Facemasks have been at the forefront of the COVID-19 pandemic since the very beginning. What started as a medical supply shortage evolved into a decisive political issue and eventually took shape as a coronavirus cultural phenomenon. We’ve seen communities band together to mass produce masks for local hospitals, like these Red Cross women back in 1918, and we’ve seen individuals embrace masks as a form of self-expression and identity during a time of extreme isolation. In more ways than one, masks have become the most indelible icon of this pandemic.
On October 10, 1918, the Worcester Evening Post published this headline announcing that the city’s closing ban had been made indefinite—a somber parallel to how many Worcester residents are feeling in November of 2020. Nearly eight months after the initial lockdown in March and the subsequent reopening of select establishments over the summer, we’re once again feeling the weight of COVID-19 as the city experiences another surge with the arrival of colder temperatures.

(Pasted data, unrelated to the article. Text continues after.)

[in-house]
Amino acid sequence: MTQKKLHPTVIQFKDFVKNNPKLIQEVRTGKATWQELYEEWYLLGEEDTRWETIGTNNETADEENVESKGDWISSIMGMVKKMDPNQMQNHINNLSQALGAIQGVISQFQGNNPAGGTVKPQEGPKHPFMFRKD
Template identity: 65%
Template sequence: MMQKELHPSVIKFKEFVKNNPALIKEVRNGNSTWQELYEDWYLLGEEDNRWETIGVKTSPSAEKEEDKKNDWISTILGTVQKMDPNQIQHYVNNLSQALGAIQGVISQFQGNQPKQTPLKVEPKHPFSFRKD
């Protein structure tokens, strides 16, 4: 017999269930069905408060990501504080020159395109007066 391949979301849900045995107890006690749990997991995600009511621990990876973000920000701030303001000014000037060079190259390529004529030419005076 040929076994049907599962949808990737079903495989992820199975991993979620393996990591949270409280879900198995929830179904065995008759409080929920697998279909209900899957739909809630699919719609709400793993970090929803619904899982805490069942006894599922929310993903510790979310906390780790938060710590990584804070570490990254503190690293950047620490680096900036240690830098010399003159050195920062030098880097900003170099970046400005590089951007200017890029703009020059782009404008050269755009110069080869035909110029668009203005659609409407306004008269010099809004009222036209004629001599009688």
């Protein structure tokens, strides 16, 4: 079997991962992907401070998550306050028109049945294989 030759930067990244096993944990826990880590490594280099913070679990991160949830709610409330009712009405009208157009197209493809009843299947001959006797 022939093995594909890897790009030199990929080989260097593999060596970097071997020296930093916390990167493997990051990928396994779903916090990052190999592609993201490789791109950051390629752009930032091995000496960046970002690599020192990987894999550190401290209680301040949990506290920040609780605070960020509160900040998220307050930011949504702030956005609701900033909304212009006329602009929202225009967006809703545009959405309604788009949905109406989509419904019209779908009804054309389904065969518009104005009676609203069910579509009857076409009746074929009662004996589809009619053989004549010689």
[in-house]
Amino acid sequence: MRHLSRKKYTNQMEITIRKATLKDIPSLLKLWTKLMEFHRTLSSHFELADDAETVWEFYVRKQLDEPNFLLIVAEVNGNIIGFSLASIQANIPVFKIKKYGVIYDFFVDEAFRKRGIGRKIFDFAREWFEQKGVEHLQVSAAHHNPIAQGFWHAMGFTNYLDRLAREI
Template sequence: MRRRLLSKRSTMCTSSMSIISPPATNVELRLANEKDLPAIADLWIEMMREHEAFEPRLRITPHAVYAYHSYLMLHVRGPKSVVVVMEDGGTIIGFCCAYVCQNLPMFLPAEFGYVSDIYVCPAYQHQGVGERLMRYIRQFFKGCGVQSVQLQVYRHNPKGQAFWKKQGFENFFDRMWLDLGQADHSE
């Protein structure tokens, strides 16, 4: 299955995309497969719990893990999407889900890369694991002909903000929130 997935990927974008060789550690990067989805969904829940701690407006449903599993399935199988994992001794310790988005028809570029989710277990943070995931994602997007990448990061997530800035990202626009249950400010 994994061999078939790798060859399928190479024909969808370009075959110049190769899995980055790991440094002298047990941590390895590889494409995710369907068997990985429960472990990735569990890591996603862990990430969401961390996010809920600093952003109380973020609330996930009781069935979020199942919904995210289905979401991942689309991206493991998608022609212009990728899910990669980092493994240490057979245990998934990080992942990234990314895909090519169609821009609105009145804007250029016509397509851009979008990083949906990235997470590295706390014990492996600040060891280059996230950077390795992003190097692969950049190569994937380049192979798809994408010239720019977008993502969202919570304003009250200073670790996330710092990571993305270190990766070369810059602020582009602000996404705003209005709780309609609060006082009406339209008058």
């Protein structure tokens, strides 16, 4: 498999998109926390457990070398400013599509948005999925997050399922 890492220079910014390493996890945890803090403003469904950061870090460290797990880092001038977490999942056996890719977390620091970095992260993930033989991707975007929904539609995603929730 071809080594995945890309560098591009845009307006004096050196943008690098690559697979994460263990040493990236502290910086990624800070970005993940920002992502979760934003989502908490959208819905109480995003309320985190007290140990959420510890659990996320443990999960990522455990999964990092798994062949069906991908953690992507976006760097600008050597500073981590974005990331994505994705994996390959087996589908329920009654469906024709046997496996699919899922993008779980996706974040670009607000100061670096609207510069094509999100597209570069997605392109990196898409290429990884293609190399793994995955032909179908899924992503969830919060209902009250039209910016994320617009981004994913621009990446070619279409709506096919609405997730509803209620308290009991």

On November 12, 2020, state health officials announced that there have now been over 10,000 COVID-related deaths in Massachusetts since the onset of the virus—174,953 confirmed cases, 26,201 active cases, 10,015 deaths. As the days go by, it’s impossible not to become numb to the numbers. But people are more than numbers and statistics—we must remember their names. Their faces. Their stories.
Joseph Vo Van Ngo, Bay Thi Huynh, and Kim Chi Nguyen-Ngo